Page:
Residents urge broader development moratorium in Southold

Various residents, leaders of civic associations and even Greenport Mayor Kevin Stuessi attended a Southold Town Board special meeting Tuesday morning and urged the board to consider temporarily halting new commercial development throughout the town.

The board hosted the meeting to continue its now month-long discussion on enacting a hotel development moratorium in Southold. In its first work session on the matter, board members briefly considered a broader moratorium on commercial development, but the focus has since narrowed to exclusively pausing hotel development. Tuesday morning, among other concerns related to the issue, they discussed whether the moratorium should last six, nine or 12 months and whether existing hotels could still seek approval for renovations and repairs during the moratorium.

Following the work session and votes on a handful of unrelated legislative items, members heard from their constituents in the audience, the overwhelming majority of whom demanded the board take even stronger action to curtail all forms of development throughout the town.

“We don’t have the infrastructure to handle a lot more building, whether it’s commercial or residential,” said Anne Murray, the land use coordinator for the North Fork Environmental Council. “We have a number of issues besides hotels … We need a full moratorium.”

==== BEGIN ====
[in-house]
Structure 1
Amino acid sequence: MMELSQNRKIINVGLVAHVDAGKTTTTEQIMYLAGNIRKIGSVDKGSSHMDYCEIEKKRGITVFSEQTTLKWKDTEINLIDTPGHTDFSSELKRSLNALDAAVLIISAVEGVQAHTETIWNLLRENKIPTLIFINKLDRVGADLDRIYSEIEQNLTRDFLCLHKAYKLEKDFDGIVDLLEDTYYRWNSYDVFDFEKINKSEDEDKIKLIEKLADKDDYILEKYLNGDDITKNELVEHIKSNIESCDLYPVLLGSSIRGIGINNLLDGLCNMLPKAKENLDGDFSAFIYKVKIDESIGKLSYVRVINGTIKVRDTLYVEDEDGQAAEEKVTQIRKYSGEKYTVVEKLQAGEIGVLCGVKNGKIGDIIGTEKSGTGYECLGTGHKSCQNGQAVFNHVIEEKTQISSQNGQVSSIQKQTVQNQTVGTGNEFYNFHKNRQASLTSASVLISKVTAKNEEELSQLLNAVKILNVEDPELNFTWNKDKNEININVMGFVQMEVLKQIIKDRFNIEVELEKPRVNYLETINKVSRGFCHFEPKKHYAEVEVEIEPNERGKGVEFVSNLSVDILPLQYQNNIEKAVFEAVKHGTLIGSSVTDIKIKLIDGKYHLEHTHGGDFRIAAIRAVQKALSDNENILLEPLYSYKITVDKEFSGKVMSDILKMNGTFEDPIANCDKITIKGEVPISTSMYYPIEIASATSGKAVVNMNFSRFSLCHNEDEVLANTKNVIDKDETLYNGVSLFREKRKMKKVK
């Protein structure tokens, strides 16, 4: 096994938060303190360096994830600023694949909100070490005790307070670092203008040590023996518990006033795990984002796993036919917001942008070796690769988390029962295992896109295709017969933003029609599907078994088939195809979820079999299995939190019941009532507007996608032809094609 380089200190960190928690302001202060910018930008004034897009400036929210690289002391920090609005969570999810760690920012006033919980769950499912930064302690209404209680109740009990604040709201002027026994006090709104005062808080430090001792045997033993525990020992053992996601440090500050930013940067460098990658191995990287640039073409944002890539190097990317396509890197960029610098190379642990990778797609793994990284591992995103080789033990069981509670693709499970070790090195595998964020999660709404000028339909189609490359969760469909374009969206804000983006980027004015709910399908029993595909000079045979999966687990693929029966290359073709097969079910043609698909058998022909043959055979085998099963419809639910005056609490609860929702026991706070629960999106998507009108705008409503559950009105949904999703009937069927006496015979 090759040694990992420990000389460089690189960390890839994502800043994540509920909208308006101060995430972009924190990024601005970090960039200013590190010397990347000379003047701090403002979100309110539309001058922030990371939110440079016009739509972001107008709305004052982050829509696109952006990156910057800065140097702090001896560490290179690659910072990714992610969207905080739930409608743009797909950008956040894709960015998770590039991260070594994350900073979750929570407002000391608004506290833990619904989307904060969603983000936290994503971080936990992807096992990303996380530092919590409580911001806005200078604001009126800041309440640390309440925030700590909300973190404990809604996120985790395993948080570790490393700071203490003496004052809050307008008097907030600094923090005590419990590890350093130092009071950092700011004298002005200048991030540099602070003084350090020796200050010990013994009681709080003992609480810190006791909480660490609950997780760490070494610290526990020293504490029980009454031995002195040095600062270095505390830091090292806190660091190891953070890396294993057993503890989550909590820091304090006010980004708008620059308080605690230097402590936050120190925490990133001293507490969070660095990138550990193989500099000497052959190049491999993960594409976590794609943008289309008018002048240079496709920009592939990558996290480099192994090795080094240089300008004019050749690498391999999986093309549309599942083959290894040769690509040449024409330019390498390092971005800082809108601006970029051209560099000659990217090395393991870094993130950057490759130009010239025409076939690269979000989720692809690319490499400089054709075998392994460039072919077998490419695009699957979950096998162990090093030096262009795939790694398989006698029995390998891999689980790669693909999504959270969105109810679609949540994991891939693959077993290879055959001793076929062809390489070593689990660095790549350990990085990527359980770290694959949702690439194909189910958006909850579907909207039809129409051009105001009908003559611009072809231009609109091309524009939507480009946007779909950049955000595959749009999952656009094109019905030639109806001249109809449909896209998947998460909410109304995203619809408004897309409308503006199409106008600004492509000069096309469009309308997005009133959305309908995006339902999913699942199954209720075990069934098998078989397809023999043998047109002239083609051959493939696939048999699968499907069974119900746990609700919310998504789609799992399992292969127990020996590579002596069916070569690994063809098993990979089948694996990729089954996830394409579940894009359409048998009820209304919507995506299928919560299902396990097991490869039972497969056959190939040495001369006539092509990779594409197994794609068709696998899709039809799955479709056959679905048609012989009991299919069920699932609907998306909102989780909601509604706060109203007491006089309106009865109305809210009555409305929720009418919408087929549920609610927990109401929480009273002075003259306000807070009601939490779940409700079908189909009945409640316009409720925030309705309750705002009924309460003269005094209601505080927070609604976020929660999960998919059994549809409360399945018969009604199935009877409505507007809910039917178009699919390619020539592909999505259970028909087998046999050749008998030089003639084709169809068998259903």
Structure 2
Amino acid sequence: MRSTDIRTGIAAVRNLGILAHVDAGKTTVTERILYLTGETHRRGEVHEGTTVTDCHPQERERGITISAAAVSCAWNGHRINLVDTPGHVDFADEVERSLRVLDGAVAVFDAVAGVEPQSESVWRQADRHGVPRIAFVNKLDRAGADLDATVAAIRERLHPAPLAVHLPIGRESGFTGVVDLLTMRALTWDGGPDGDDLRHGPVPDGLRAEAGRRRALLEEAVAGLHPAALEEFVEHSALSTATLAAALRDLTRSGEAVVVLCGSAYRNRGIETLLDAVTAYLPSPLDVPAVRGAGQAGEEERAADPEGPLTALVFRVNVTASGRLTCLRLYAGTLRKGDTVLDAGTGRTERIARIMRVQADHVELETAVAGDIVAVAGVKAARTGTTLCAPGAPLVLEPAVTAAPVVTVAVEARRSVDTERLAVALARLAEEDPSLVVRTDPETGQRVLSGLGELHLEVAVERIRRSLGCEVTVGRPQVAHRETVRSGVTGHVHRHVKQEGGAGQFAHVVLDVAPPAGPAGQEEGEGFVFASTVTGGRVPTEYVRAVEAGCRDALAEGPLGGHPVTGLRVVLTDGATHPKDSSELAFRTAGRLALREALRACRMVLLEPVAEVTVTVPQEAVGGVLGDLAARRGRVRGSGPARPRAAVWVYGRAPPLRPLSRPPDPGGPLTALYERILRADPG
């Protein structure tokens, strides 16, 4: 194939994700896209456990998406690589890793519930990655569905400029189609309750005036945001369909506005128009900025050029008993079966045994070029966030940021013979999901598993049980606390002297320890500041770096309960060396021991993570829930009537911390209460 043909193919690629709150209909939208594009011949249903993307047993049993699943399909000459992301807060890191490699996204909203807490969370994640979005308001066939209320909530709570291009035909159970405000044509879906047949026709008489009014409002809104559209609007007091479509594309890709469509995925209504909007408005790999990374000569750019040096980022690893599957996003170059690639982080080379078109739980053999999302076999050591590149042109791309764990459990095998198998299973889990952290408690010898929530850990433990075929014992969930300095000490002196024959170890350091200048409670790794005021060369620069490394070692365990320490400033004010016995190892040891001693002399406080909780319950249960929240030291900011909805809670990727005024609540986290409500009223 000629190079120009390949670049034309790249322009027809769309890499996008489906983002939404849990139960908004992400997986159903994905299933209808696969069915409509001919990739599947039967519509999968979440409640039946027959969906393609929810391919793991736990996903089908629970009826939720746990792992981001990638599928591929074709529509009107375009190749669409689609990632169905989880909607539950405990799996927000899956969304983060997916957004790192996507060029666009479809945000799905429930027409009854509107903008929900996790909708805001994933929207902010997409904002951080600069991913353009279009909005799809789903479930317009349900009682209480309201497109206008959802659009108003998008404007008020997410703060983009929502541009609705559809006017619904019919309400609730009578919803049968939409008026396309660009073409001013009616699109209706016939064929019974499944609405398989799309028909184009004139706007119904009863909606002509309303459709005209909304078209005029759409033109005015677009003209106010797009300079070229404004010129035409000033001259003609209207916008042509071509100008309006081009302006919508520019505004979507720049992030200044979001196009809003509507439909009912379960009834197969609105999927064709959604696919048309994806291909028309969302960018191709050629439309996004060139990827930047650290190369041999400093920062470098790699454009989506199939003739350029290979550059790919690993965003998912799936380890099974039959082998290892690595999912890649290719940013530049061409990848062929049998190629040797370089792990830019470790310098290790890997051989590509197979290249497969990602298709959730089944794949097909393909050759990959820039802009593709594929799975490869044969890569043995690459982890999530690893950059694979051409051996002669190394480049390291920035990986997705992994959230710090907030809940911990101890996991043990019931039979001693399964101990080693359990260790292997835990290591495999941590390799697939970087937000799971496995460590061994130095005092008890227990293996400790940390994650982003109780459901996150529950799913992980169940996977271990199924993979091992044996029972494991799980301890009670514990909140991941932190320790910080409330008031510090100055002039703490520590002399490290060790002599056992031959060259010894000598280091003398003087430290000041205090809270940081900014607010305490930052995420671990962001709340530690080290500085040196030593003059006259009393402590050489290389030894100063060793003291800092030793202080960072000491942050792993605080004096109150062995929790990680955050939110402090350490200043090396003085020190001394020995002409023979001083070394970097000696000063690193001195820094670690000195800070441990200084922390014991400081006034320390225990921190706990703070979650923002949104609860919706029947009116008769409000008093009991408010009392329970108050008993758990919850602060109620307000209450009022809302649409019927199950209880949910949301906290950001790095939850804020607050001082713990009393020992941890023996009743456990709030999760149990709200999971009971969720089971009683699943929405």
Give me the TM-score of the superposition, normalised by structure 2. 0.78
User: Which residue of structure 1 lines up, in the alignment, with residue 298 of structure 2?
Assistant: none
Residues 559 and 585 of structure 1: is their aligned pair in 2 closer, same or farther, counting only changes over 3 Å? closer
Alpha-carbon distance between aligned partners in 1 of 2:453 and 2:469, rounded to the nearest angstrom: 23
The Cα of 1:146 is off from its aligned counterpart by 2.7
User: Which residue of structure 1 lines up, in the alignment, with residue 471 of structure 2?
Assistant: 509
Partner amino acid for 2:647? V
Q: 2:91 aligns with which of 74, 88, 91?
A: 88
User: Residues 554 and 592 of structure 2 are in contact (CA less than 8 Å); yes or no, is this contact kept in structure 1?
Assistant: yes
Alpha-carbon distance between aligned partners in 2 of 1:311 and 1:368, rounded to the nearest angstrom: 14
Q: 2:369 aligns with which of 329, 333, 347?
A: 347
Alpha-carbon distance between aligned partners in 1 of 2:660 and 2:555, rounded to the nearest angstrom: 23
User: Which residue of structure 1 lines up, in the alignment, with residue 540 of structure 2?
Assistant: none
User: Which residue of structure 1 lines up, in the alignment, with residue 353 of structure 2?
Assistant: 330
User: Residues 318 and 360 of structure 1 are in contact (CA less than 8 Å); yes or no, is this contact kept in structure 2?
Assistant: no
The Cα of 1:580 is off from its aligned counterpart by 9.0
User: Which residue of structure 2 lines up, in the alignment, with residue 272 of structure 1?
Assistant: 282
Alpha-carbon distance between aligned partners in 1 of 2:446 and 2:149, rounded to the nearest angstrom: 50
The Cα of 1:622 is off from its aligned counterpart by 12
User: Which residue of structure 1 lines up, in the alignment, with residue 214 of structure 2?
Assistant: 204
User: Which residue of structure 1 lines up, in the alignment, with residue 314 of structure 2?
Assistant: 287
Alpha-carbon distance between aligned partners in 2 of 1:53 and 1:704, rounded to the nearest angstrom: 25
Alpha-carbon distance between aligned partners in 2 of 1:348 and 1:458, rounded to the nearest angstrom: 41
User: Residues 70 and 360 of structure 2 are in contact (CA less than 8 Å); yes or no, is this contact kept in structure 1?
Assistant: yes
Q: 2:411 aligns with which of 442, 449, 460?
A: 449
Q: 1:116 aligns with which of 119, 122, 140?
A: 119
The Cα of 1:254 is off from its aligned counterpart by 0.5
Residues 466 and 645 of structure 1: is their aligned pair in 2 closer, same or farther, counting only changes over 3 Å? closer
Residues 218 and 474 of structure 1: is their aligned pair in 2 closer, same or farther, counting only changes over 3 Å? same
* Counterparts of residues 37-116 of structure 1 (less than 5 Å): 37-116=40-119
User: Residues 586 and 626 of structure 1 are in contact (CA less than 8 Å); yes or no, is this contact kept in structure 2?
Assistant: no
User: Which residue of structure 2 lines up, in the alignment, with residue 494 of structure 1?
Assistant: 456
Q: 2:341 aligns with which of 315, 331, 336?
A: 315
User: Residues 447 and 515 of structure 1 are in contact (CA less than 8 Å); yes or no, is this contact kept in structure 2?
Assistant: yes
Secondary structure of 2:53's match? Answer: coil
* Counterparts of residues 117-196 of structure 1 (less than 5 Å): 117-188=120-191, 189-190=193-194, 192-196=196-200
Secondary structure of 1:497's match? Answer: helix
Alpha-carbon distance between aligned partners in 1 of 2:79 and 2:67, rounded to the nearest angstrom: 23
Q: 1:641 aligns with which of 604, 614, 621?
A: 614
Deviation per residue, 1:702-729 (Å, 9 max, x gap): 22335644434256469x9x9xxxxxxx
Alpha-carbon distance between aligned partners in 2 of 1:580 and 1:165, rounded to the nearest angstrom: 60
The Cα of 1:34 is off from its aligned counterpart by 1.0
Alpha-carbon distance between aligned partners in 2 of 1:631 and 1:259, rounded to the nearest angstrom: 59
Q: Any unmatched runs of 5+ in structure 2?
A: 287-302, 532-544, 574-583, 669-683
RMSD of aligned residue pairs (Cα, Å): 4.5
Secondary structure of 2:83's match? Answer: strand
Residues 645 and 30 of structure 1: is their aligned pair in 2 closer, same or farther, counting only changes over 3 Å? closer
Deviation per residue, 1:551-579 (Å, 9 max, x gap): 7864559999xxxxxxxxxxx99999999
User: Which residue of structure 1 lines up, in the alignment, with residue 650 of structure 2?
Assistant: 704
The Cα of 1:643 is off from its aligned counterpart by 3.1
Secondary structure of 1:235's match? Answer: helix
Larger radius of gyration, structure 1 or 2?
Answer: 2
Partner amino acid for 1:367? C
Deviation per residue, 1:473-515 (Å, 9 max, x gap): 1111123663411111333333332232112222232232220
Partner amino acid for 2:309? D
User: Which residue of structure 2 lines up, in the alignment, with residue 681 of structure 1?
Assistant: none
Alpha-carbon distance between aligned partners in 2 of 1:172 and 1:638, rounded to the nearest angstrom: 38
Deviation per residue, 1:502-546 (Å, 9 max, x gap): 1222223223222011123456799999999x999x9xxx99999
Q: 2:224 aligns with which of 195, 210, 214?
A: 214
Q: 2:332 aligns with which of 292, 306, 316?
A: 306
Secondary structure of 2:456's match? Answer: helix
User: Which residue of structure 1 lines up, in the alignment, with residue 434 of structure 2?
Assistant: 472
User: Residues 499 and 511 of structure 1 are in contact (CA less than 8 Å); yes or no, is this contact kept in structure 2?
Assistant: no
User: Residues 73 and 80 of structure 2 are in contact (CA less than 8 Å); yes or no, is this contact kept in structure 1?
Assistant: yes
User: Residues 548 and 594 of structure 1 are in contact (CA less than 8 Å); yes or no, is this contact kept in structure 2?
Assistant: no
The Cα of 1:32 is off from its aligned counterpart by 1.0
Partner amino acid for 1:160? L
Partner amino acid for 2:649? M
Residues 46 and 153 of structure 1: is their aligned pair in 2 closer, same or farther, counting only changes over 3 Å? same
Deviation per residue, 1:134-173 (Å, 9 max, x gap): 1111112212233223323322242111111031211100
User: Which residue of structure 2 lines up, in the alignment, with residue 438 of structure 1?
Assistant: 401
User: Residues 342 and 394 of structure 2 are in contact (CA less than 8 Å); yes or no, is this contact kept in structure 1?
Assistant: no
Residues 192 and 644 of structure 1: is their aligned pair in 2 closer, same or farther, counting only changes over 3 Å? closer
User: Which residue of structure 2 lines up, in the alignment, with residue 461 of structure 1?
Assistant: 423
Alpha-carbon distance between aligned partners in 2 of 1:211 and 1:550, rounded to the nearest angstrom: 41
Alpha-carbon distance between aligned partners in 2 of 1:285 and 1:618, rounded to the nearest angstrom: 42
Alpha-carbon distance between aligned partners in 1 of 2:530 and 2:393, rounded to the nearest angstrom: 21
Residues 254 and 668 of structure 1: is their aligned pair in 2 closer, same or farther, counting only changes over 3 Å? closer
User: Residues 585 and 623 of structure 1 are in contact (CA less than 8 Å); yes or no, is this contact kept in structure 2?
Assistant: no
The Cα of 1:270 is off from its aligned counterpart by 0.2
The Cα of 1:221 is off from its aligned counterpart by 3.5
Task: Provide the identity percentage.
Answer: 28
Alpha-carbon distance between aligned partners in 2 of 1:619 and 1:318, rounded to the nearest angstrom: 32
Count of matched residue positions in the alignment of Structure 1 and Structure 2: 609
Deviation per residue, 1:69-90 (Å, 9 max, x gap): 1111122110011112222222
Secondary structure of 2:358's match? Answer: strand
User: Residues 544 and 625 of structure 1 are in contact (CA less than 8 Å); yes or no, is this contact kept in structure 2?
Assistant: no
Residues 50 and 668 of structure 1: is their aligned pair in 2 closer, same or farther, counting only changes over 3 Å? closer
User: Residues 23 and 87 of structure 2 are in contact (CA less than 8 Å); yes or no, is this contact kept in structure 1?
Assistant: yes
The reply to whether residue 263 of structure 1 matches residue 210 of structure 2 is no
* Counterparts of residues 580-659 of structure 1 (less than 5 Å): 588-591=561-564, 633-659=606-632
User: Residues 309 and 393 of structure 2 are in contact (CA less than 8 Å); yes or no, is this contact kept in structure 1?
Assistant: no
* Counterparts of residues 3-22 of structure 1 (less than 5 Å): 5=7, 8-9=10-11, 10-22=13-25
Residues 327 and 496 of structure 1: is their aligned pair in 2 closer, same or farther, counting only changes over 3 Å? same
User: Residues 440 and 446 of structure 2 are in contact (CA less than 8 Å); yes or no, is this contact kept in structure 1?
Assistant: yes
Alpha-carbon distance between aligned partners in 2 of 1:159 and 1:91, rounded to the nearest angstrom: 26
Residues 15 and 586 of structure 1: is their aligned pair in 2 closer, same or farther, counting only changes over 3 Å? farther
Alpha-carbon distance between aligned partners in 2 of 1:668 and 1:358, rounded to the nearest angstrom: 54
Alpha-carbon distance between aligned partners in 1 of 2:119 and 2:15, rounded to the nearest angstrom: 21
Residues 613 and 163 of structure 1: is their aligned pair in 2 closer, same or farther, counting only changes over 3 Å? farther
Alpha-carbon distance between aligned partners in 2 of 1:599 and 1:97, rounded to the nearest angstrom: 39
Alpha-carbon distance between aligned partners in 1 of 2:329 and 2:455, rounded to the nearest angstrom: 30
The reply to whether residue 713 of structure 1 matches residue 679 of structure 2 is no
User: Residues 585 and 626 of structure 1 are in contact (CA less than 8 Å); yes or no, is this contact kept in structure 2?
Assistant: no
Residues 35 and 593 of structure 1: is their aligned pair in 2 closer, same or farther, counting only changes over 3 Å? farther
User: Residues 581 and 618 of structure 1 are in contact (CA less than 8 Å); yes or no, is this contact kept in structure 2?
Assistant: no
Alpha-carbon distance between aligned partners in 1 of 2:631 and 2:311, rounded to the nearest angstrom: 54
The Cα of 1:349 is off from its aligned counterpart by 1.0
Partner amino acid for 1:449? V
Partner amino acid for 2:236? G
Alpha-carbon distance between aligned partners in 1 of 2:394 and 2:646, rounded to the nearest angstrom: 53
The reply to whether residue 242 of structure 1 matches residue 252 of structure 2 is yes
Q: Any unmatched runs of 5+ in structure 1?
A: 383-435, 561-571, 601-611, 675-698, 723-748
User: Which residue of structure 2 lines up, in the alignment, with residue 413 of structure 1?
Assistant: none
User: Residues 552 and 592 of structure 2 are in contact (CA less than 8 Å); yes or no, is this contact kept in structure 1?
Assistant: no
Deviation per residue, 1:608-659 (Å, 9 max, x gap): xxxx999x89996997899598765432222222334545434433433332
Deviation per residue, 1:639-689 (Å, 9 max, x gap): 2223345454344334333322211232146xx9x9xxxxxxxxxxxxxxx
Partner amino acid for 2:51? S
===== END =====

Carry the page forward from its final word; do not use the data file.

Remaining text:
The comments Ms. Murray and various other speakers made Tuesday morning mirrored many of those the NFEC, a Mattituck-based environmental advocacy nonprofit, shared in a letter to the Town Board dated March 14. The letter said it is “vital” that the Town Board enact a “12-month, carefully considered moratorium on all commercial development and subdivisions, excluding single-family homes that do not need further approval, including trustee permits.

“With a moratorium in place, the town board, planners and the public will have time they need to fully focus on the zoning effort,” the letter continued. “It will give us some breathing room to carefully evaluate what we want this place to look like 10 years from now. Without a moratorium, we face pages of plans from more developers who care little for our fragile environment or our fishing and farming heritage.”

The North Fork Civics coalition, which represents all seven civic associations based throughout Southold Town’s various hamlets, sent a similarly worded letter to the Town Board. The group requested the board “enact a very carefully defined development moratorium that would be limited to not only new resorts, hotels and motels, but also new commercial development, major subdivisions, special exception permit applications, zone change requests and use variances. Such a pause will allow for a clear path forward for such developments in alignment with the goals of the Comprehensive Plan once the Zoning Update is complete.”